One of my hobbies related to my love of ideas is to study the origins of very ordinary and everyday words and expressions. Recently, I was thinking about a dimension of leadership that is a sine qua non – that is essential — for campaign success. I was thinking about the word “ownership.” The success of every major gift effort and every campaign is ultimately traceable to one person or set of persons — those who “own” the campaign.
It is one thing to participate, another to volunteer and it is certainly something else to own a campaign. The verb to own is from a 12th century expression meaning to possess, be in command of, rule or have authority over. To own is to understand the basic principle that even with a committee someone has to be in charge. This is both where the glory goes and where the buck stops.
In our dominant participative and egalitarian culture, we eschew ownership and often are faced with campaigns and projects that have momentum — movement by inertia — but no genuine leader. Absent an owner, chief development officers and CEO’s step into the void and operate as if they were the owners. In some settings, it is even left to the consultant to take command of campaigns that lack the right level of leadership, that lack ownership, shared or otherwise. Good for them. Someone has to own – have command of, authority over or possession of the project.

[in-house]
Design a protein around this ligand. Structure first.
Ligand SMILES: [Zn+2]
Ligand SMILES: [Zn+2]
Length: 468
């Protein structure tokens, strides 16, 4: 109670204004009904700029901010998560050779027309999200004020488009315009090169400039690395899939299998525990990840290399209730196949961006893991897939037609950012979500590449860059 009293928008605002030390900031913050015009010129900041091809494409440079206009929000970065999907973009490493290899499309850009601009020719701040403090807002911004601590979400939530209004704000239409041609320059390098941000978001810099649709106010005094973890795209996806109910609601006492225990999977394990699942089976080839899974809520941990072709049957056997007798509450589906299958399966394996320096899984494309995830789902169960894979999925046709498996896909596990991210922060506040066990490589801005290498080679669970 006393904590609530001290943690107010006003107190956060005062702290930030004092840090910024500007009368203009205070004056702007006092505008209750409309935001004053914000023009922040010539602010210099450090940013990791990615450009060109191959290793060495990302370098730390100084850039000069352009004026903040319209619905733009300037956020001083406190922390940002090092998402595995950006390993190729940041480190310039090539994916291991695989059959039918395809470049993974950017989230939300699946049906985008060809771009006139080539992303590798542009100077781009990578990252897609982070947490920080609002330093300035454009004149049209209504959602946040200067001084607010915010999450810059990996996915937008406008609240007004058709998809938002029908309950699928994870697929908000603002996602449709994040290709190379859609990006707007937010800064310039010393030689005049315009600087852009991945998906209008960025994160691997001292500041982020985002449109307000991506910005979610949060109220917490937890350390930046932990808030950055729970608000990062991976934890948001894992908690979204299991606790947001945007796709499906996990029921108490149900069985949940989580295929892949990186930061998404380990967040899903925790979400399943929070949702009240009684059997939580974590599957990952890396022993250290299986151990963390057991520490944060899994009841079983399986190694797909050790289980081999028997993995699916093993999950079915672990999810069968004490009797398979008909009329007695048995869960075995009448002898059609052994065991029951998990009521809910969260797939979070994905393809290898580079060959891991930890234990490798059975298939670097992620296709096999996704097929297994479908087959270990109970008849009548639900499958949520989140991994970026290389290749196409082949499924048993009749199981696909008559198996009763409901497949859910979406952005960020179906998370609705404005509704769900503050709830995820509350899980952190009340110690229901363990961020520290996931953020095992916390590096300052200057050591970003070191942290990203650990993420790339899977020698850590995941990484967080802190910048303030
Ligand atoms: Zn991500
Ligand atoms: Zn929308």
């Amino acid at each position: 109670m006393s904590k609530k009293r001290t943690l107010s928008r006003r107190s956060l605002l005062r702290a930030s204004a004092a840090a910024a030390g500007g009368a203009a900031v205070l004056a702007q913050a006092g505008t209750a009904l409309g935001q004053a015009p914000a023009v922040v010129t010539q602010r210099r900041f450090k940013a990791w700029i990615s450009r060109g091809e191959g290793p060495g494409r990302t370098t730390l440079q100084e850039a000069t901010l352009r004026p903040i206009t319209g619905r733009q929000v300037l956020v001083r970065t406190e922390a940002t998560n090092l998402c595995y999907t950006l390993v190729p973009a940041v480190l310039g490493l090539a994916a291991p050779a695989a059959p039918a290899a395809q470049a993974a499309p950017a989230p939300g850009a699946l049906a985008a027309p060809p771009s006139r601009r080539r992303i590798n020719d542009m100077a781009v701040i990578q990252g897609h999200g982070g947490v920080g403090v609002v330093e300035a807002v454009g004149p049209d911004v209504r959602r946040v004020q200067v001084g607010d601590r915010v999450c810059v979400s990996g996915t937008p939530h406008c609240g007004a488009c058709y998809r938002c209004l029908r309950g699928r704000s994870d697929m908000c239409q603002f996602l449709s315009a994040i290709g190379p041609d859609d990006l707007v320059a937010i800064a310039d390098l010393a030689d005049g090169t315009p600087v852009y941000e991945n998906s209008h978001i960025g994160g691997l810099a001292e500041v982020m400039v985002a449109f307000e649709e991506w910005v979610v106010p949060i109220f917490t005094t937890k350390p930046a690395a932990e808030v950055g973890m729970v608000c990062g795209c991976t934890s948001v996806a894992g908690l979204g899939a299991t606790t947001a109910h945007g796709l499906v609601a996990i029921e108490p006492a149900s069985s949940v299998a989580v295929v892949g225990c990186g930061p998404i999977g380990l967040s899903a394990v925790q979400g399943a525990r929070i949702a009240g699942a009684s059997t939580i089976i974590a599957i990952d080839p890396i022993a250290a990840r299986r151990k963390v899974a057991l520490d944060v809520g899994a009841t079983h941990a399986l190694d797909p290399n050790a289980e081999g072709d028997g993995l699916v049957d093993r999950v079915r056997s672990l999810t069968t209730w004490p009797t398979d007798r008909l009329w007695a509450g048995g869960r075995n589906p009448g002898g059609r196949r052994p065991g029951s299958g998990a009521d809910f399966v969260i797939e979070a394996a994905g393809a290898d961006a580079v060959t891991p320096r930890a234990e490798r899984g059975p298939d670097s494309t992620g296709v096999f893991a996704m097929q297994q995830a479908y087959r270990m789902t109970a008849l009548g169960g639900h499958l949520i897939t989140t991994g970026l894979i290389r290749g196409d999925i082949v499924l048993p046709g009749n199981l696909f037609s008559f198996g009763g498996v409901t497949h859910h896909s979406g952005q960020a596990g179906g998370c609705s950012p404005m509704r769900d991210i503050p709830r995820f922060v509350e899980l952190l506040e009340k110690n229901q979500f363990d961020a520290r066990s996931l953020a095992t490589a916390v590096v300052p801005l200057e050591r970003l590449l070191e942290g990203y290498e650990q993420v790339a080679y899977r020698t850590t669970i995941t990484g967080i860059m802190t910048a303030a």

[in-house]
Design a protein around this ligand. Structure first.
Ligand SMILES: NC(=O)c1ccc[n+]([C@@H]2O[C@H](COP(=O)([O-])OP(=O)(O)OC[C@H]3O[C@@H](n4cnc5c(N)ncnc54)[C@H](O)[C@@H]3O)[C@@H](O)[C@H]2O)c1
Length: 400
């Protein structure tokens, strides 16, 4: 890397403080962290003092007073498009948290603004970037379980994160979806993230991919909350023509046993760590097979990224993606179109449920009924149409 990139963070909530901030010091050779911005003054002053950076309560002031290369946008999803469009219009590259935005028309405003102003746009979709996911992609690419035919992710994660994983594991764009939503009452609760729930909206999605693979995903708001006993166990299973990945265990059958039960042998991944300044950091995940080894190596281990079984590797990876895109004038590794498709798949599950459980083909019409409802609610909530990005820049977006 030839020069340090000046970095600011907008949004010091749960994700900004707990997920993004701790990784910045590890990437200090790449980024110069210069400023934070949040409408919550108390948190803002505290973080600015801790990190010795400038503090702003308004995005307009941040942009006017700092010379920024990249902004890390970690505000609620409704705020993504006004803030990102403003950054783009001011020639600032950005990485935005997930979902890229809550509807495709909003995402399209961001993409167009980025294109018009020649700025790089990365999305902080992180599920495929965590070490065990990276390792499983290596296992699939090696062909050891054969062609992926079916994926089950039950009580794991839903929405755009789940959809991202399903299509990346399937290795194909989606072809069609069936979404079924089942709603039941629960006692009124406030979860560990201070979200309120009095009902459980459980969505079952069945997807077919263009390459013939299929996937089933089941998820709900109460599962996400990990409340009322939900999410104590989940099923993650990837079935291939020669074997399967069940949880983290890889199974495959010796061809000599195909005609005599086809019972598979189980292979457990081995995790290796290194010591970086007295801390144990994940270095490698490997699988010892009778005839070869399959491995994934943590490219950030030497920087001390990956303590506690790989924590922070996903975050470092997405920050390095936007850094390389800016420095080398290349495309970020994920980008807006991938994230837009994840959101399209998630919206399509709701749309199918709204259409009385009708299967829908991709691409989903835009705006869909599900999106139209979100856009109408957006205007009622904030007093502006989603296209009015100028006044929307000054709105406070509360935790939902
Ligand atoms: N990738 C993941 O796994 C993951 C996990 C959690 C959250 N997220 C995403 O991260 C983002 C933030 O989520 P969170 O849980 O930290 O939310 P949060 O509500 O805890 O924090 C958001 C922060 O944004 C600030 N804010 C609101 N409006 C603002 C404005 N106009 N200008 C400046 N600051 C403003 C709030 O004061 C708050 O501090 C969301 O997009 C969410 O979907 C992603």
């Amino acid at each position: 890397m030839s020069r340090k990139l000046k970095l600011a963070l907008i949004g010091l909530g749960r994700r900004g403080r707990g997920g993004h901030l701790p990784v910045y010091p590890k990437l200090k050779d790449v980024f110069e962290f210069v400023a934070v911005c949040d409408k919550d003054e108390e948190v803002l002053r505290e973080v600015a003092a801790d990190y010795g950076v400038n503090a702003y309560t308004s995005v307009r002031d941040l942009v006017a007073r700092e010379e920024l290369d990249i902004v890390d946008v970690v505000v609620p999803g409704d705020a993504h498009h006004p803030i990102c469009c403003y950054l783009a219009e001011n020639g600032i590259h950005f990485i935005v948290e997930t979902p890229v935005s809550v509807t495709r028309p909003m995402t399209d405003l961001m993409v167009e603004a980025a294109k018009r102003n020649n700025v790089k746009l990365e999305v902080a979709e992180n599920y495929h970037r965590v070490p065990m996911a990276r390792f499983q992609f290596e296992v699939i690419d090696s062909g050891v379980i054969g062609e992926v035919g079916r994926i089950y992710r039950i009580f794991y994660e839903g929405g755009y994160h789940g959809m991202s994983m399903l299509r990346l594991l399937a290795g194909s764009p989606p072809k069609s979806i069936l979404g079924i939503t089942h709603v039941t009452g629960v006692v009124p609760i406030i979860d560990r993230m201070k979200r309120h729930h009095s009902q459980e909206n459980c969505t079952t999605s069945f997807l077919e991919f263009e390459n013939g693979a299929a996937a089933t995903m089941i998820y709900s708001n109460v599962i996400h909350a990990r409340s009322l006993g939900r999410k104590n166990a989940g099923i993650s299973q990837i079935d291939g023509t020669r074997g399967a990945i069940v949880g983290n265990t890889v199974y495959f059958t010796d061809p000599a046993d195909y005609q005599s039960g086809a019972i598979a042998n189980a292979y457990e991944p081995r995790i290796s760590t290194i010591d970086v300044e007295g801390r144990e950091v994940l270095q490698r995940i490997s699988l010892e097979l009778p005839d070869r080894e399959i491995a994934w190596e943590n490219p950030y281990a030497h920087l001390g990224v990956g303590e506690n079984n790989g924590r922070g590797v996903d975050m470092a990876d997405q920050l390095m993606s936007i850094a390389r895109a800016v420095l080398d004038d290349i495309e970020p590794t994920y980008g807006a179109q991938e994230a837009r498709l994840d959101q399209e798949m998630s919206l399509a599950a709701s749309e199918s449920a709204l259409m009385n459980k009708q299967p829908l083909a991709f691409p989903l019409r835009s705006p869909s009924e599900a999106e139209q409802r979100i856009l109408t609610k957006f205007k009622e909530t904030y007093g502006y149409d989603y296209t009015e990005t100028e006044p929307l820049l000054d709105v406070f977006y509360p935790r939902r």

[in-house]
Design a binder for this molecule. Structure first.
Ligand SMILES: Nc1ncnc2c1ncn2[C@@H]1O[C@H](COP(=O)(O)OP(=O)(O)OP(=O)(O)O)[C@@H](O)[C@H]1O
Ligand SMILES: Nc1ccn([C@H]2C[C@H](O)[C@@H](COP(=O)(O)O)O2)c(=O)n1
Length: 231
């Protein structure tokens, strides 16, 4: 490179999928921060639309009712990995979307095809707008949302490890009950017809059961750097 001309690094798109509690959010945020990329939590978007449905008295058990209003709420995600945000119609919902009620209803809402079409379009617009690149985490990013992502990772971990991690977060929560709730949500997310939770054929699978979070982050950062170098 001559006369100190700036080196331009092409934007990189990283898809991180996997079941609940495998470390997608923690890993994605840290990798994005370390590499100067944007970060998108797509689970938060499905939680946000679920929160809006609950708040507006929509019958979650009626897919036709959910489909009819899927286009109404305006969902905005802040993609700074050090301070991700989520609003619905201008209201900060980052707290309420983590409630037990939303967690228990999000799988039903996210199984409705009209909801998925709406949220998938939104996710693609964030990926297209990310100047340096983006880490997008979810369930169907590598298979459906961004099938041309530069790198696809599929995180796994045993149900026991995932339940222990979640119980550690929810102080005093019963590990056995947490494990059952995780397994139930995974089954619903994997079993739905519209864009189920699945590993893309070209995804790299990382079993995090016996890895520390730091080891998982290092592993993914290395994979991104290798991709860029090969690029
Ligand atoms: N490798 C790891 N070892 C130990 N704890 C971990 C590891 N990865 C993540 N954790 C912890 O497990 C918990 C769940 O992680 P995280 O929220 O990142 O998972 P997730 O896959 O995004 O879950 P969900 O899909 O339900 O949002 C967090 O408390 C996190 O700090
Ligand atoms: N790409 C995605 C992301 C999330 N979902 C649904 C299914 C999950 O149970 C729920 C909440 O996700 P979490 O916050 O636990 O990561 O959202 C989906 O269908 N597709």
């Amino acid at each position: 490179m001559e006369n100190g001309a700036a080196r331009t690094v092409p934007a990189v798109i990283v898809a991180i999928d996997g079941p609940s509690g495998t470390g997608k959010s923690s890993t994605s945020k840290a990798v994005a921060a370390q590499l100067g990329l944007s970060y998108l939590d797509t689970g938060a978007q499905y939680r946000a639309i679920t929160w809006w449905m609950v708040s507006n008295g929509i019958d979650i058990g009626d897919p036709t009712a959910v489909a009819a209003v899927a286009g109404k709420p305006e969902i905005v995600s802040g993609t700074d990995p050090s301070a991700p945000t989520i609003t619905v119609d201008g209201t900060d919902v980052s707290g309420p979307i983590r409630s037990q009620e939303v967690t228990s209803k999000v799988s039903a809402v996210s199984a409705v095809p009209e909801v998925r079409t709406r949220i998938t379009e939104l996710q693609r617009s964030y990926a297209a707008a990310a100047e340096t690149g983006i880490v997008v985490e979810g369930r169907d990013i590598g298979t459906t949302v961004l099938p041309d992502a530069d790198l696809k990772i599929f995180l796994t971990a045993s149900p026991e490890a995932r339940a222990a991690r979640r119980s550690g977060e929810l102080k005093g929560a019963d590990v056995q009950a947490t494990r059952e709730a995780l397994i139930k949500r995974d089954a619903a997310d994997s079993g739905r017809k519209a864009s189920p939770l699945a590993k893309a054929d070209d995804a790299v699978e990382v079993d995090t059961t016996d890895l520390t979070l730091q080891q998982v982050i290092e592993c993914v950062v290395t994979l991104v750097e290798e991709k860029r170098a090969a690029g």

In the most successful campaigns, ownership is broad and shared. Whether owned by a committee or a chair, the important thing is to be clear about who owns each campaign. Before you are ready to launch your next major fundraising initiative — ask the question, “Who is the owner?” If you can’t name the owner, be sure to pause. If you can, then let that owner move you full speed ahead.